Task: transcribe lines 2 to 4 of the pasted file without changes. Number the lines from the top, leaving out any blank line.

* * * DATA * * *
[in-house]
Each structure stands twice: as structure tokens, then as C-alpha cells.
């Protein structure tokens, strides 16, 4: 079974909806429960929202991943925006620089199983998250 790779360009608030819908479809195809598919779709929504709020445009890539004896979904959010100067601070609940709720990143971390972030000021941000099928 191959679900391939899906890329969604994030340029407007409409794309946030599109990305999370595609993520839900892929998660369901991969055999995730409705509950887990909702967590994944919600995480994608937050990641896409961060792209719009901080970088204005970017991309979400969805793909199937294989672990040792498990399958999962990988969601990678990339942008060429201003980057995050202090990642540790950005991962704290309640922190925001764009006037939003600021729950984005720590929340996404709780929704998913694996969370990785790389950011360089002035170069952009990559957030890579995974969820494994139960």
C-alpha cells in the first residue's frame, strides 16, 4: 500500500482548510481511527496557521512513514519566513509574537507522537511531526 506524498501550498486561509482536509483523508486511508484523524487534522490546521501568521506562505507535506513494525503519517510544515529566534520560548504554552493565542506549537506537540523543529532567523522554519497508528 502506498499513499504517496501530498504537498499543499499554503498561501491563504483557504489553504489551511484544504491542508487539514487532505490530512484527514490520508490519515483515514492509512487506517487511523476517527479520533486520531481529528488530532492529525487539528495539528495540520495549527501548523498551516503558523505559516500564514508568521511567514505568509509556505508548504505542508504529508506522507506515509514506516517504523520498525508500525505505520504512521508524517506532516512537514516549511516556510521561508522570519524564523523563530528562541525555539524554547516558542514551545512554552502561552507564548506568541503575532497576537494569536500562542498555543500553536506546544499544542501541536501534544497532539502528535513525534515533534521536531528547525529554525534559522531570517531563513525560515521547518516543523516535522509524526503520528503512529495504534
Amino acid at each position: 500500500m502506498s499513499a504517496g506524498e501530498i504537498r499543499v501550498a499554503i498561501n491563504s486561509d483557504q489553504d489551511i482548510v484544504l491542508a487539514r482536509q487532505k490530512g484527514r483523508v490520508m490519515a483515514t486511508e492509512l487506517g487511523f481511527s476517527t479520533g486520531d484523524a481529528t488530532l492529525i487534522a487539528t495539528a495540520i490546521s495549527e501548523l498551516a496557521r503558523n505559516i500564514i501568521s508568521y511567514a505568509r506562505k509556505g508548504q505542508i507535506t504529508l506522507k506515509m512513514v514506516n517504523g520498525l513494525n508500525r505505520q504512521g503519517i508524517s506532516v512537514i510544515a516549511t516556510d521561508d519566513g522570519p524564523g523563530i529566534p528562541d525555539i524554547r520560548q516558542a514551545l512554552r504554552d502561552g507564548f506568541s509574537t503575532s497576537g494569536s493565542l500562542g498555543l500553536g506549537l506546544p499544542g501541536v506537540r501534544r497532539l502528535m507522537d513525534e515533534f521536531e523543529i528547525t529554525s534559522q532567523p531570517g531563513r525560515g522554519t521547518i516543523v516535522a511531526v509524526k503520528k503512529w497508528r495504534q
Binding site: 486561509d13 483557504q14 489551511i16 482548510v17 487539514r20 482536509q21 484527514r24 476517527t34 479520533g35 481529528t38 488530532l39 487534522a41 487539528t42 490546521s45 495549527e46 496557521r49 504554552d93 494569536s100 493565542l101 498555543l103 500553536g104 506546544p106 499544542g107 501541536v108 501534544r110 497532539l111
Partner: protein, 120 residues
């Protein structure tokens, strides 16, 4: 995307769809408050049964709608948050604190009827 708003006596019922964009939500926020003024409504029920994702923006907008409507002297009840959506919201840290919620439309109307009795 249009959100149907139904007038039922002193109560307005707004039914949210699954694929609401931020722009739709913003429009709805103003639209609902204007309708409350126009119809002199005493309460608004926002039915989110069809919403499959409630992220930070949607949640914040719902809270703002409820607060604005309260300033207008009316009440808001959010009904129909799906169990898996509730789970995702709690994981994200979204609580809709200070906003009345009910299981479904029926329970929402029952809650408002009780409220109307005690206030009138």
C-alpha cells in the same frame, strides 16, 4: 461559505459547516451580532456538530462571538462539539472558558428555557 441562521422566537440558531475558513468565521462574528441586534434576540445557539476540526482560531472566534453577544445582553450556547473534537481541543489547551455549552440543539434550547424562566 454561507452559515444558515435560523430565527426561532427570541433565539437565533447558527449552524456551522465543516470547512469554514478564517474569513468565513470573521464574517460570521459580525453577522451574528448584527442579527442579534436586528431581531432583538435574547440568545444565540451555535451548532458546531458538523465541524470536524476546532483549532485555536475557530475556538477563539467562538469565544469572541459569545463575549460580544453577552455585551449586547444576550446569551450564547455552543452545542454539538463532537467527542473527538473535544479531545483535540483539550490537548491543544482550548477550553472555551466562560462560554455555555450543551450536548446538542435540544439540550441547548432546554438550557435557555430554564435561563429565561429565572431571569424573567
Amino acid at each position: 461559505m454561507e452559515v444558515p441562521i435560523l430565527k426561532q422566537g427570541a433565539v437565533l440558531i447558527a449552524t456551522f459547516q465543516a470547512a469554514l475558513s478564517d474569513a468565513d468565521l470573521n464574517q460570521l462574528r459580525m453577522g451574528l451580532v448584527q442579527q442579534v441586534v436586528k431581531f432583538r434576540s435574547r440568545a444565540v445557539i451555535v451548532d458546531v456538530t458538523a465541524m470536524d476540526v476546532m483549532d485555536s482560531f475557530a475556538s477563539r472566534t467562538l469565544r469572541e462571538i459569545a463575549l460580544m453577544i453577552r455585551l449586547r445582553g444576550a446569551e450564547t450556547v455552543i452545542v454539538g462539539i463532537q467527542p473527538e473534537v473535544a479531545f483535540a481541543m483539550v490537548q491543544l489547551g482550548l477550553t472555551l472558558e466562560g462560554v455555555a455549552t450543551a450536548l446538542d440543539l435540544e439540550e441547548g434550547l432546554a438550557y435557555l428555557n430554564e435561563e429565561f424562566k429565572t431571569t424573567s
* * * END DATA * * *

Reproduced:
Each structure stands twice: as structure tokens, then as C-alpha cells.
């Protein structure tokens, strides 16, 4: 079974909806429960929202991943925006620089199983998250 790779360009608030819908479809195809598919779709929504709020445009890539004896979904959010100067601070609940709720990143971390972030000021941000099928 191959679900391939899906890329969604994030340029407007409409794309946030599109990305999370595609993520839900892929998660369901991969055999995730409705509950887990909702967590994944919600995480994608937050990641896409961060792209719009901080970088204005970017991309979400969805793909199937294989672990040792498990399958999962990988969601990678990339942008060429201003980057995050202090990642540790950005991962704290309640922190925001764009006037939003600021729950984005720590929340996404709780929704998913694996969370990785790389950011360089002035170069952009990559957030890579995974969820494994139960």
C-alpha cells in the first residue's frame, strides 16, 4: 500500500482548510481511527496557521512513514519566513509574537507522537511531526 506524498501550498486561509482536509483523508486511508484523524487534522490546521501568521506562505507535506513494525503519517510544515529566534520560548504554552493565542506549537506537540523543529532567523522554519497508528 502506498499513499504517496501530498504537498499543499499554503498561501491563504483557504489553504489551511484544504491542508487539514487532505490530512484527514490520508490519515483515514492509512487506517487511523476517527479520533486520531481529528488530532492529525487539528495539528495540520495549527501548523498551516503558523505559516500564514508568521511567514505568509509556505508548504505542508504529508506522507506515509514506516517504523520498525508500525505505520504512521508524517506532516512537514516549511516556510521561508522570519524564523523563530528562541525555539524554547516558542514551545512554552502561552507564548506568541503575532497576537494569536500562542498555543500553536506546544499544542501541536501534544497532539502528535513525534515533534521536531528547525529554525534559522531570517531563513525560515521547518516543523516535522509524526503520528503512529495504534